In re Interest of Edward B.Annotate this Case
Justia Opinion Summary
The State filed four juvenile petitions against Edward, a juvenile. The juvenile court found that Edward had violated the terms of his probation in two of these cases. In all four cases, the court found it was in Edward's best interests to be committed to the Office of Juvenile Services with placement at the Youth Rehabilitation and Treatment Center (YRTC). Edward appealed. At issue before the Supreme Court was whether the Court had jurisdiction where Edward's mother, rather than Edward, signed the affidavit for an in forma pauperis appeal. The Court concluded (1) the Court had jurisdiction because in a juvenile's in forma pauperis appeal from a delinquency proceeding, the property affidavit of the juvenile's parent is sufficient to vest the Court with appellate jurisdiction; and (2) the juvenile court properly determined that Edward's best interests and the safety of the community required Edward's placement at the YRTC.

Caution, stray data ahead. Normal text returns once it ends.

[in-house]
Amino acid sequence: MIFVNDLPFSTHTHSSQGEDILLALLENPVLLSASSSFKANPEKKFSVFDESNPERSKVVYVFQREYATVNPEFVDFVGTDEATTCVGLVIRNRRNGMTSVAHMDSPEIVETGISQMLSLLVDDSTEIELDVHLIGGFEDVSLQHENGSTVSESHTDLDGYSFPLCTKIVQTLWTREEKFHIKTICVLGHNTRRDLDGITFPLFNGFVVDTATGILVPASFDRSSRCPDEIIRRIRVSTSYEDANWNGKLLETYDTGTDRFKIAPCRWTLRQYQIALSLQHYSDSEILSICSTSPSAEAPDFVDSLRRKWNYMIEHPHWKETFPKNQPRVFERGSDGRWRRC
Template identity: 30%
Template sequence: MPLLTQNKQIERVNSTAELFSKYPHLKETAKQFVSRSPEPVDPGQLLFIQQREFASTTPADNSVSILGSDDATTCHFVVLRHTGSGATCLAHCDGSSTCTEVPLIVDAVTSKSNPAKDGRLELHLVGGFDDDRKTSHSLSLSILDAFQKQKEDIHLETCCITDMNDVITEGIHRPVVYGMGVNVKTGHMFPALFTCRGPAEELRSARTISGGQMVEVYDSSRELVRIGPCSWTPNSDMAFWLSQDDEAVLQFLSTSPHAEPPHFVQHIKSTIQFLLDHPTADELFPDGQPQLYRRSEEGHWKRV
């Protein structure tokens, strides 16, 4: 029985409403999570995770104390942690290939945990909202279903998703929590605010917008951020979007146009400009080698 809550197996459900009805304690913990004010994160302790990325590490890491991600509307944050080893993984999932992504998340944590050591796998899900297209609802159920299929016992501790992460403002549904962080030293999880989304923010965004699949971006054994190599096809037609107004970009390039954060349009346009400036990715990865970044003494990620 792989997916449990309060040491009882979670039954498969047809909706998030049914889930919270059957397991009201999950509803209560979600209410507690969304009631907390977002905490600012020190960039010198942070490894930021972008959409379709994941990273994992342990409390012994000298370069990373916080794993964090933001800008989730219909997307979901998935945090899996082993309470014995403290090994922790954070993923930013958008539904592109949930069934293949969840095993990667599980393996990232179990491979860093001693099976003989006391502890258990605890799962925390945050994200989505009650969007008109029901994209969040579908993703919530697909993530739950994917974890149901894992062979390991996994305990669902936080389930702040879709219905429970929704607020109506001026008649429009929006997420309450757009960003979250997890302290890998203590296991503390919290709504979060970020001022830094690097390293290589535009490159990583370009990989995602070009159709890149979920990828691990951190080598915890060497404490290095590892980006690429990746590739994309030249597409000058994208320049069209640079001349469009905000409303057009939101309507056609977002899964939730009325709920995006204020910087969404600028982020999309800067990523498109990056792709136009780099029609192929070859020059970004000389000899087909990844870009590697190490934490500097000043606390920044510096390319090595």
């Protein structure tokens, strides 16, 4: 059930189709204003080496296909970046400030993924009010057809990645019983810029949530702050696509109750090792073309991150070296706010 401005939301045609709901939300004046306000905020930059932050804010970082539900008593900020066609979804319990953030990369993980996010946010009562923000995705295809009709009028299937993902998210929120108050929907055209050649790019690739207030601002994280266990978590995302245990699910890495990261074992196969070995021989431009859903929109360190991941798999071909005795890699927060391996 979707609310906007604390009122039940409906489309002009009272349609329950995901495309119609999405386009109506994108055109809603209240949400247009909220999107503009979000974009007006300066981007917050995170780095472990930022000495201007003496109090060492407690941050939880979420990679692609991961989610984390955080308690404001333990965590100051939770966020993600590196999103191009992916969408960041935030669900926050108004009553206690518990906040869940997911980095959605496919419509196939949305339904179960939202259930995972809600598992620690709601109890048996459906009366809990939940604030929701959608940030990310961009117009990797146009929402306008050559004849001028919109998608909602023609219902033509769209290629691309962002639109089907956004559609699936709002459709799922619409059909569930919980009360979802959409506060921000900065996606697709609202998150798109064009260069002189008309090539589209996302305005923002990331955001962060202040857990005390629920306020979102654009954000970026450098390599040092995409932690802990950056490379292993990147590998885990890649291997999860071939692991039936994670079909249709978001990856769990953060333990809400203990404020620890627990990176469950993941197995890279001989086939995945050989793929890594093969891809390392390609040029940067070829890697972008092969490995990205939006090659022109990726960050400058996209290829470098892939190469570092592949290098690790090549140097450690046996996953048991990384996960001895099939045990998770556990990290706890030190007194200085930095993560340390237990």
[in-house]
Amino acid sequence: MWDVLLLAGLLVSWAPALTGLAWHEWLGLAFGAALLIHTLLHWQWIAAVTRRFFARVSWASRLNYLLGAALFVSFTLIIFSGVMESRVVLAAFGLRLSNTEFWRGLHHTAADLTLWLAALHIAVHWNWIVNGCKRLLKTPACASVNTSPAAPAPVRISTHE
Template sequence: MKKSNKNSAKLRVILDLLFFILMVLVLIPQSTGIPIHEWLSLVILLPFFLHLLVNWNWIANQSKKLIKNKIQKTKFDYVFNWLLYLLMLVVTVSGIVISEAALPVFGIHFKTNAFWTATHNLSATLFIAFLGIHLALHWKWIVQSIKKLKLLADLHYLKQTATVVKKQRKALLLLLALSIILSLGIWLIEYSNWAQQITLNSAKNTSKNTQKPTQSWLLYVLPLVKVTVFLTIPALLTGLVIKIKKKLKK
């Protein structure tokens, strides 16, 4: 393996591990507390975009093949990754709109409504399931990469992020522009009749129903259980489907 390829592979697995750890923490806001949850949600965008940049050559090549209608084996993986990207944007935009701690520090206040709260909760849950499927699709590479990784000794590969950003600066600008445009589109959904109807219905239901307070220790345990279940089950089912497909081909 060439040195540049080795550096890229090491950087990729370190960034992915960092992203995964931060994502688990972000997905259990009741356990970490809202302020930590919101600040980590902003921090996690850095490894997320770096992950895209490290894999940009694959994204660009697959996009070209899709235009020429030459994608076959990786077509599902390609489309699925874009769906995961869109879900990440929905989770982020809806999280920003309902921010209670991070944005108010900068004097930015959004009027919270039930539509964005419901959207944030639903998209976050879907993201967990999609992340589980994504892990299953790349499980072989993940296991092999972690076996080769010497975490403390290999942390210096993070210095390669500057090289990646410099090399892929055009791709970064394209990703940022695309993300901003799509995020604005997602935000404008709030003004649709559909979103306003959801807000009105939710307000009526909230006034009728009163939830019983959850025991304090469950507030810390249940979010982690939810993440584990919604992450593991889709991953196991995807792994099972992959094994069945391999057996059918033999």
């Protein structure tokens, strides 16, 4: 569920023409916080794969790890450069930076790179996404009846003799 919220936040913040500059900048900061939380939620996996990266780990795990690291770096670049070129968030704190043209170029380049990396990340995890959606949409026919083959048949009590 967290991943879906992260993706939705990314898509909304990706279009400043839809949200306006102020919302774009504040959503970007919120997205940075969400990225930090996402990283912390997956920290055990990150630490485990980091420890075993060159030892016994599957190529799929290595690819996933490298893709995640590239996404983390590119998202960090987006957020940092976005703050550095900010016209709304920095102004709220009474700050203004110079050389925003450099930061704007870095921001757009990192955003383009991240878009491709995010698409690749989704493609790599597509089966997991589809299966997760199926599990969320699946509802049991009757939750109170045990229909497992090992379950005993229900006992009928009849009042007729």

Nebraska Advance Sheets 556 285 NEBRASKA REPORTS In re I nterest of Edward B., a child 18 years of age. State of Nebraska, appellee, v. Edward B., appellant. under ___ N.W.2d ___ Filed March 22, 2013. Nos. S-12-342 through S-12-345. â 1. Juvenile Courts: Appeal and Error. An appellate court reviews juvenile cases de novo on the record and reaches its conclusions independently of the juvenile courtâ s findings. When the evidence is in conflict, however, an appellate court may give weight to the fact that the lower court observed the witnesses and accepted one version of the facts over the other. â 2. Statutes: Appeal and Error. An appellate court independently decides questions of law, including issues of statutory interpretation, presented by an appeal. â 3. Judgments: Jurisdiction. A jurisdictional issue that does not involve a factual dispute presents a question of law. â 4. Jurisdiction: Appeal and Error. An appellate court does not acquire jurisdiction over an appeal if a party fails to properly perfect it. â 5. Juvenile Courts: Appeal and Error. Under the Nebraska Juvenile Code, any final order entered by a juvenile court may ordinarily be appealed to the Nebraska Court of Appeals in the same manner as an appeal from the district court. â 6. Affidavits: Fees: Appeal and Error. The filing of a poverty affidavit, properly confirmed by oath or affirmation, serves as a substitute for the docket fee for an appeal. â 7. Jurisdiction: Notice: Affidavits: Appeal and Error. An in forma pauperis appeal is perfected when the appellant timely files a notice of appeal and an affidavit of poverty. â 8. Minors: Juvenile Courts. Juvenile delinquency proceedings are civil proceedings directed toward the education, treatment, and rehabilitation of the child. â 9. Minors: Juvenile Courts: Affidavits: Parties: Appeal and Error. In a juvenileâ s appeal from a delinquency proceeding, the poverty affidavit of the juvenileâ s parent may be filed in support of the juvenileâ s request to proceed in forma pauperis, and a parent is a party who may state a belief that the juvenile is entitled to relief. Appeals from the County Court for Adams County: Michael P. Burns, Judge. Affirmed. Daniel C. Pauley, of Dunmire, Fisher & Hastings, for appellant. Alyson Keiser Roudebush, Deputy Adams County Attorney, for appellee. Nebraska Advance Sheets IN RE INTEREST OF EDWARD B. 557 Cite as 285 Neb. 556 Heavican, C.J., Wright, Connolly, Stephan, McCormack, Miller-Lerman, and Cassel, JJ. Connolly, J. SUMMARY In these consolidated appeals, Edward B. appeals from a disposition order of the county court sitting as a juvenile court. The court found that Edward had violated the terms of his probation in two of these cases. In all four cases, the court found that it was in Edwardâ s best interests to be committed to the Office of Juvenile Services (OJS) with placement at the Youth Rehabilitation and Treatment Center (YRTC) at Kearney, Nebraska. The main issue is whether we have jurisdiction. The State contends that Edward failed to perfect this appeal because he did not sign the affidavit for an in forma pauperis appeal. Instead, his mother signed the affidavit. We conclude that we have jurisdiction. In a juvenileâ s in forma pauperis appeal from a delinquency proceeding, the poverty affidavit of the juvenileâ s parent is sufficient to vest this court with appellate jurisdiction. We further hold that the court properly determined that Edwardâ s best interests and the safety of the community required his placement at the YRTC. BACKGROUND In January and May 2011, the State filed the first two juvenile petitions against Edward. It alleged that on two separate days, Edward had been in a fight and had threatened another person in a menacing manner or had caused bodily harm to the other person. The alleged conduct constituted a third degree assault. Edward pleaded no contest in one case, and the court found that the State had proved its allegations in the other case. In both cases, the court adjudicated Edward under Neb. Rev. Stat. Â§ 43-247(1) (Reissue 2008), meaning that Edwardâ s conduct would constitute a misdemeanor if a court treated him as an adult. The court placed Edward on supervised probation for 4 years, under specified conditions. Those conditions included the requirements that Edward not violate any laws; that he not Nebraska Advance Sheets 558 285 NEBRASKA REPORTS possess firearms, alcohol, tobacco, or controlled substances; and that he attend school. In January 2012, the State filed two new juvenile petitions. In the first petition, the State alleged that Edward had participated in an armed robbery of a store. In the second petition, the State alleged that Edward had stolen merchandise valued over $500 from a retail store and had sold an imitation controlled substance at school. He was in the 10th grade at that time, and the school expelled him over the latter allegation. Because Edward was on probation, the State removed him from his home and placed him in a juvenile detention facility pending the courtâ s disposition order. Edward pleaded no contest in both cases, and the court accepted the Stateâ s factual bases for the pleas. For the allegation that he had sold an imitation controlled substance, the court again adjudicated Edward under Â§ 43-247(1). For the allegations of theft and robbery, it adjudicated Edward under Â§ 43-247(2), meaning that Edwardâ s conduct would constitute felonies if a court treated him as an adult. The court ordered OJS to conduct a predisposition evaluation. On the same day that the State filed the new petitions, it also filed allegations that Edward had violated the conditions of his probation in the two earlier cases. In February 2012, the State asked the court to revoke his probation in those cases. On March 28, 2012, the court held a disposition hearing on all four cases. Edwardâ s biological mother was present, as was Sharon B., Edwardâ s biological grandmother and adoptive mother. The court asked Edwardâ s counsel whether he had reviewed OJSâ evaluation, which had been submitted that day. Edwardâ s counsel said that he had reviewed the report but that he had only 10 to 15 minutes to go over it with Edward, which he believed was inadequate. So the court summarized to the parties why OJS was recommending that the court place Edward at the YRTC. The court explained that Edwardâ s score on the evaluation tests placed him in the high-risk category, requiring supervised treatment in a treatment facility. OJS concluded that Edward did not appreciate the seriousness of the charges against him and posed a safety risk to the public. The court stated that Nebraska Advance Sheets IN RE INTEREST OF EDWARD B. 559 Cite as 285 Neb. 556 in the evaluation, Edward had expressed no remorse for his involvement in the armed robbery and had stated that his involvement was â just charges to me.â Although the court recognized that Edwardâ s attitude might be due to a low intellect, it concluded that his lack of understanding was a reason for ordering treatment at the YRTC. The court found that Edward had a history of being physically aggressive and that Edward had admitted he was likely beyond the control of both Sharon and his biological mother. The court stated that even when Edward was in school, he had skipped school two to three times per week and had admitted to frequently using marijuana. Sharon vigorously argued that Edward had learning disabilities, that almost all the school he had missed was for court hearings, and that she did not believe he had used drugs excessively, as OJS had reported. But Edwardâ s probation officer testified that Edward had admitted to drug use during probation, and when asked by the court, Edward admitted that at one point, he had used marijuana every day. The court stated that Edwardâ s placement at the YRTC was in his best interests and that Edward had no ability to pay court costs or restitution. The court revoked Edwardâ s probation in the two earlier cases. In all four cases, it found that because of Edwardâ s ongoing and uncontrolled criminal conduct, he could not remain in his home, and that his best interests and protection of the public required his placement at the YRTC. On April 4, 2012, Sharon moved for appointed counsel for Edward to prosecute an appeal in each case from the courtâ s disposition orders. On April 5, the court granted appointed counsel. On April 16, Sharon filed poverty affidavits, which she signed, providing her income and liabilities. She again requested appointed counsel and requested waivers of fees, bonds, and costs. After reviewing Edwardâ s applications to proceed in forma pauperis on appeal, the court granted his requests. ASSIGNMENTS OF ERROR Edward assigns, restated, that the county court erred as follows: Nebraska Advance Sheets 560 285 NEBRASKA REPORTS (1) finding that Edwardâ s placement at the YRTC was necessary to protect the public and in his best interests under Neb. Rev. Stat. Â§ 43-286(1)(b) (Supp. 2011); and (2) implicitly findingâ by relying on OJSâ evaluation report for its dispositionâ that Edward was a delinquent and habitual offender under Â§Â§ 43-247 and 43-286, without (a) giving adequate consideration to Edwardâ s reduced intellect and ability to understand questions posed to him during OJSâ evaluaÂ­ tion and the absence of any input from Edwardâ s guardian, or (b) giving Edward an adequate opportunity to review the OJS report so that he could object to allegations that affected his disposition. STANDARD OF REVIEW [1-3] We review juvenile cases de novo on the record and reach our conclusions independently of the juvenile courtâ s findings.1 When the evidence is in conflict, however, we may give weight to the fact that the lower court observed the witnesses and accepted one version of the facts over the other.2 We independently decide questions of law, including issues of statutory interpretation, presented by an appeal.3 A jurisdictional issue that does not involve a factual dispute presents a question of law.4 ANALYSIS Jurisdiction  As stated, the State contends that Edward has not perfected his appeals because Sharon, his adoptive mother, signed the poverty affidavits instead of Edward, as required by our court rules and by statute. We do not acquire jurisdiction over an appeal if a party fails to properly perfect it.5 â 1 â 2 â 3 â 4 â 5 In re Interest of Kendra M. et al., 283 Neb. 1014, 814 N.W.2d 747 (2012). Id. See id. Molczyk v. Molczyk, ante p. 96, 825 N.W.2d 435 (2013). See, In re Interest of Jamyia M., 281 Neb. 964, 800 N.W.2d 259 (2011); State v. Ruffin, 280 Neb. 611, 789 N.W.2d 19 (2010); State v. Haase, 247 Neb. 817, 530 N.W.2d 617 (1995). Nebraska Advance Sheets IN RE INTEREST OF EDWARD B. 561 Cite as 285 Neb. 556 The State argues that rules governing who can sign a poverty affidavit ensure that only an appellant with standing to seek redress can appeal from a courtâ s order or judgment. It contends that in delinquency dispositional orders for juveniles adjudicated under Â§ 43-247(1), (2), (3)(b) or (c), and (4), the juvenileâ s parent is not a party, and therefore cannot be a party entitled to redress. Because the poverty affidavit must state the affiantâ s belief that he or she is entitled to redress, the State argues that the juvenile must sign it. Edward contends that the State did not contest Sharonâ s signing of the poverty affidavits at the trial level and that under State v. Dallmann,6 it cannot do so now. Edward asserts that in his applications to proceed in forma pauperis, he stated that he did not have money to pay for the fees and costs of litigation and that he was entitled to redress. The State concedes this point. Edward argues that because the court granted his motions and appointed Edward counsel for the appeals, the Stateâ s questioning of his financial status is an attack on the courtâ s previous determinations that Edward lacked the necessary resources for the appeals. Alternatively, he argues that under our previous decisions, his circumstances presented good cause for not personally signing the poverty affidavits. In Dallmann, we rejected the Stateâ s argument that the defendant failed to perfect his appeal because he did not state the nature of the action and that he believed he was entitled to redress. We stated that challenges to the language in the affidavit must be made at the trial level. Because the trial court had sustained the defendantâ s motion to proceed in forma pauperis, we determined that we had jurisdiction over his appeal. In State v. Ruffin,7 however, we clarified that Dallmann â does not change the requirement that the poverty affidavit must be properly signed under oath by the party, rather than the partyâ s attorney, in order to serve as a substitute for the payment of the docket fee and to vest an appellate court with jurisdiction.â â 6 â 7 State v. Dallmann, 260 Neb. 937, 621 N.W.2d 86 (2000). State v. Ruffin, supra note 5, 280 Neb. at 618-19, 789 N.W.2d at 25. Nebraska Advance Sheets 562 285 NEBRASKA REPORTS We agree that the State cannot now attack Edwardâ s ability to pay court fees and costs for his appeals.8 But the Stateâ s argument is that Edward has not perfected his appeals because he did not personally sign the poverty affidavits accompanying his requests to proceed in forma pauperis. We turn to that argument.  Under the Nebraska Juvenile Code,9 any final order entered by a juvenile court may ordinarily be appealed to the Nebraska Court of Appeals in the same manner as an appeal from the district court.10 That is true here. Neb. Rev. Stat. Â§ 25-1912(1) (Reissue 2008) sets out the requirements for perfecting an appeal. Together, Â§Â§ 25-1912(1) and 43-2,106.01(1) require a party appealing from a juvenile courtâ s final order to (1) file a notice of appeal with the juvenile court, (2) deposit the docket fee for an appeal with the clerk of the juvenile court, and (3) fulfill both requirements within 30 days of the courtâ s order.11 These requirements are mandatory, and a party must satisfy them for an appellate court to acquire jurisdiction over an appeal.12 But under Nebraskaâ s in forma pauperis statutes,13 a juvenile court can authorize a party to prosecute an appeal without paying fees and costs.14 [6,7] The filing of a poverty affidavit, properly confirmed by oath or affirmation, serves as a substitute for the docket fee for an appeal.15 An in forma pauperis appeal is perfected when â 8 â 9 10 11 12 13 14 15 See Neb. Rev. Stat. Â§ 25-2301.02(1) (Reissue 2008). See Neb. Rev. Stat. Â§Â§ 43-245 to 43-2,127 (Reissue 2008, Cum. Supp. 2010 & Supp. 2011). See, Â§ 43-2,106.01(1); In re Interest of Rebecca B., 280 Neb. 137, 783 N.W.2d 783 (2010). See, In re Interest of Noelle F. & Sarah F., 249 Neb. 628, 544 N.W.2d 509 (1996); In re Interest of T.W. et al., 234 Neb. 966, 453 N.W.2d 436 (1990). See id. See, also, Neb. Ct. R. App. P. Â§ 2-101(A) (rev. 2010). See Neb. Rev. Stat. Â§Â§ 25-2301 to 25-2310 (Reissue 2008). In re Interest of Noelle F. & Sara F., supra note 11; In re Interest of T.W. et al., supra note 11. See In re Interest of Fedalina G., 272 Neb. 314, 721 N.W.2d 638 (2006). Nebraska Advance Sheets IN RE INTEREST OF EDWARD B. 563 Cite as 285 Neb. 556 the appellant timely files a notice of appeal and an affidavit of poverty.16 In both civil and criminal cases, Â§ 25-2301.01 sets out the procedures for applying to proceed in forma pauperis at trial or on appeal: An application to proceed in forma pauperis shall include an affidavit stating that the affiant is unable to pay the fees and costs or give security required to proceed with the case, the nature of the action, defense, or appeal, and the affiantâ s belief that he or she is entitled to redress. In a juvenile case terminating the parentsâ parental rights, we held that â generally, in the absence of good cause evident in the record, it is necessary for a party appealing to personally sign the affidavit in support of her or his motion to proceed in forma pauperis.â 17 In criminal cases, we have similarly held that absent good cause evident in the record, the affidavit must be signed by the party appealingâ not the partyâ s attorney.18 Contrary to the Stateâ s argument, however, this rule does not exist to ensure that the party appealing has standing to seek redress. Standing is jurisdictional, and we would address standing even if a party has properly perfected an in forma pauperis appeal. Instead, the rule is based on the statutory requirements for invoking an appellate courtâ s jurisdiction. In addition, we have reasoned that an attorneyâ s statement of a clientâ s financial status is hearsay and puts the attorney in a position of a witness, â â thus compromising his role as an advocate.â â 19 But appeals by a parent from a juvenile case or by an adult defendant in a criminal case are obviously distinguishable from a juvenileâ s appeal. When the appellant is an adult, only the 16 17 18 19 Id. See In re Interest of N.L.B., 234 Neb. 280, 450 N.W.2d 676 (1990). See In re Interest of T.W. et al., supra note 11, 234 Neb. at 968, 453 N.W.2d at 437. State v. Ruffin, supra note 5. See id. at 615, 789 N.W.2d at 22 (quoting In re Interest of T.W. et al., supra note 11). Nebraska Advance Sheets 564 285 NEBRASKA REPORTS appellantâ s financial resources are relevant to a finding that the appellant is unable to pay the fees and costs of an appeal. That is not true with a juvenileâ s appeal. Section 25-2301.01 does not literally require that the affiant declaring poverty be the party appealing. And we have never held that in a juvenileâ s appeal, a poverty affidavit must be signed by the juvenile. That holding would be contrary to the juvenile codeâ s concern with a parentâ s financial resources. Specifically, Â§ 43-272(1) requires a juvenile court to consider a parentâ s ability to pay for an attorney in determining whether to appoint counsel for the juvenile: When any juvenile shall be brought without counsel before a juvenile court, the court shall advise such juvenile and his or her parent or guardian of their right to retain counsel and shall inquire of such juvenile and his or her parent or guardian as to whether they desire to retain counsel. The court shall inform such juvenile and his or her parent or guardian of such juvenileâ s right to counsel at county expense if none of them is able to afford counsel. If . . . the court ascertains that none of such persons are able to afford an attorney, the court shall forthwith appoint an attorney to represent such juvenile for all proceedings before the juvenile court, except that if an attorney is appointed to represent such juvenile and the court later determines that a parent of such juvenile is able to afford an attorney, the court shall order such parent or juvenile to pay for services of the attorney . . . . If the parent willfully refuses to pay any such sum, the court may commit him or her for contempt . . . . (Emphasis supplied.) A juvenile court may also order a parent to pay for other state services related to juvenile proceedings.20 It follows from these provisions that a parentâ s financial status is also a necessary inquiry in determining whether a juvenile has the means of paying the fees and costs for an appeal. Obviously, the State 20 See Â§ 43-290. Nebraska Advance Sheets IN RE INTEREST OF EDWARD B. 565 Cite as 285 Neb. 556 can object if it believes that the juvenile has other resources.21 Â­ But in the majority of cases, the financial status of the juvenileâ s parent, guardian, or custodian will be the only relevant consideration. So, in many cases involving a juvenileâ s appeal, a court could not sensibly apply the rule that the party appealing must personally sign the poverty affidavit.  We also reject the Stateâ s argument that a parent is not a party to a delinquency proceeding and, thus, cannot be an affiant with a belief that he or she is entitled to redress. Contrary to the thrust of the Stateâ s argument, juvenile delinquency proceedings are civil proceedings directed toward the education, treatment, and rehabilitation of the child.22 The juvenile code explicitly recognizes a parentâ s interests in his or her childâ s disposition by making the parent a party. Under Â§ 43-2,106.01(2), an appeal from a juvenile courtâ s final order or judgment may be taken by, among other persons, the juvenile or the juvenileâ s parent. Section 43-2,106.01 confers a statutory right of appeal without making a distinction between neglect proceedings and delinquency proceedings. And we have previously stated that Â§ 43-2,106.01 â delineates those persons or entities which may be considered parties and therefore have standing to appeal.â 23 But the State argues that because Â§ 43-2,106.01(2) is necessarily broad enough to apply to both neglect and delinquency proceedings, we should not interpret it to apply to delinquency disposition orders. It argues that In re Interest of Dalton S.24 supports its position that the juvenile is the only party with rights at stake in a delinquency proceeding. We disagree. In In re Interest of Dalton S., the juvenile court adjudicated a 9-year-old boy under Â§ 43-247(1) for disorderly conduct at school. When the court explained to the child his rights and 21 22 23 24 See Â§ 25-2301.02. See In re Interest of Laurance S., 274 Neb. 620, 742 N.W.2d 484 (2007). See, In re Interest of William G., 256 Neb. 788, 792, 592 N.W.2d 499, 503 (1999); Â§ 43-245(15). In re Interest of Dalton S., 273 Neb. 504, 730 N.W.2d 816 (2007). Nebraska Advance Sheets 566 285 NEBRASKA REPORTS accepted his plea, he was not represented, but his mother was present and advised the boy to waive his right to counsel. At a disposition hearing the next year, the court determined that the child should be placed in a treatment foster home. The child appealed, arguing that at the adjudication, the court had failed to adequately advise him of his right to counsel. We rejected that argument. We concluded that the court had adequately advised the juvenile as required by statute. In determining whether the child had knowingly, voluntarily, and intelligently waived his right to counsel, we noted that the mother was actively involved in the waiver and that the record did not show that she had a conflict of interest which should discount her involvement. The facts of In re Interest of Dalton S. undermine the Stateâ s argument that a parent does not have an interest in delinquency proceedings. It illustrates that the State may seek to adjudicate very young children under the delinquency provisions of Â§ 43-247 and that a parentâ s participation may be crucial to the childâ s understanding of the proceedings. Additionally, â unless the context otherwise requires,â Â§ 43-245(15) provides that the term â [p]artiesâ in the juvenile code shall mean â the juvenile as described in section 43-247 and his or her parent, guardian, or custodian.â Section 43-279(1) clarifies that in the context of delinquency proceedings, a parent is a party with a right of appeal: When the petition alleges the juvenile to be within the provisions of subdivision (1), (2), (3)(b), or (4) of section 43-247 and the juvenile or his or her parent, guardian, or custodian appears with or without counsel, the court shall inform the parties: (a) Of the nature of the proceedings and the possible consequences or dispositions . . . . .... . . . and (g) Of the right to appeal and have a transcript for such purpose. (Emphasis supplied.) Finally, apart from the parentâ s potential financial liabilities under the juvenile code, a parent obviously has a substantial Nebraska Advance Sheets IN RE INTEREST OF EDWARD B. 567 Cite as 285 Neb. 556 right at stake in a disposition order placing his or her child in a treatment facility. So we reject the Stateâ s argument that a parent has no interest to redress in a juvenileâ s appeal from a disposition order in a delinquency proceeding.  We hold that in a juvenileâ s appeal from a delinquency proceeding, the poverty affidavit of the juvenileâ s parent may be filed in support of the juvenileâ s request to proceed in forma pauperis. We further hold that a parent is a party who may state a belief that the juvenile is entitled to relief. Because the affidavit was timely filed, the appeal was properly perfected. The Stateâ s jurisdiction argument is without merit. Having determined that we have jurisdiction, we turn to Edwardâ s assigned errors. Courtâ s Disposition Order Was Correct Section 43-286 governs a juvenile courtâ s disposition of a juvenile when the court adjudicated the juvenile under Â§ 43-247(1), (2), or (4). And it permitted the court to commit Edward to OJS and place him at the YRTC.25 Also, because the court found that Edward had violated the terms of his probation, it could enter any disposition that it could have made at the time that that the original order of probation was entered.26 Edward contends that the court should have considered a different disposition than placing him at the YRTC, but he does not specify the disposition that he believes would have been appropriate. He also contends that the court failed to ensure that Edwardâ s responses during the OJS evaluation were accurate because Edward lacked the requisite intellect to have knowingly answered the evaluatorâ s questions. He also argues that Sharon was not present during the evaluation process. The State argues that Edwardâ s most serious offenses were committed while Edward was on probation and that the court correctly determined that Edward needed the help that he would get at the YRTC. We agree. 25 26 See Â§ 43-286(1)(b). See Â§ 43-286(5)(b)(v). Nebraska Advance Sheets 568 285 NEBRASKA REPORTS Edward cites no authority for his contention that a juvenileâ s parent must be present during the Stateâ s assessment of the juvenileâ s treatment needs, and the record shows that Sharon participated telephonically during a clinical evaluation. OJS included her comments in its report. Moreover, the record shows that the professionals evaluating Edwardâ s treatment needs fully considered his psychiatric and intellectual needs during their testing. And Edward fails to identify any statements that he made during the evaluation process that were inaccurate or that would have changed the recommendation in these cases. More important, rehabilitation under any lesser disposition would depend on Edwardâ s compliance with a probation program, which he had already failed.27 The court did not err in concluding that probation had been inadequate and that Edwardâ s conduct and the publicâ s safety required his treatment in a secure facility. Affirmed. 27 See Â§ 43-286(1)(a). Thomas L. P earson, appellant, v. Archer-Daniels-Midland Milling Company, appellee. ___ N.W.2d ___ Filed March 22, 2013. No. S-12-729. â 1. Workersâ Compensation: Appeal and Error. In determining whether to affirm, modify, reverse, or set aside a judgment of the Workersâ Compensation Court review panel, a higher appellate court reviews the findings of the trial judge who conducted the original hearing; the findings of fact of the trial judge will not be disturbed on appeal unless clearly wrong. â 2. Evidence: Words and Phrases. Competent evidence means evidence that tends to establish the fact in issue. â 3. Workersâ Compensation: Evidence: Appeal and Error. In testing the sufficiency of the evidence to support the findings of fact by the Workersâ Compensation Court, the evidence must be considered in the light most favorable to the successful party, every controverted fact must be resolved in favor of the successful party, and the successful party will have the benefit of every inference that is reasonably deducible from the evidence.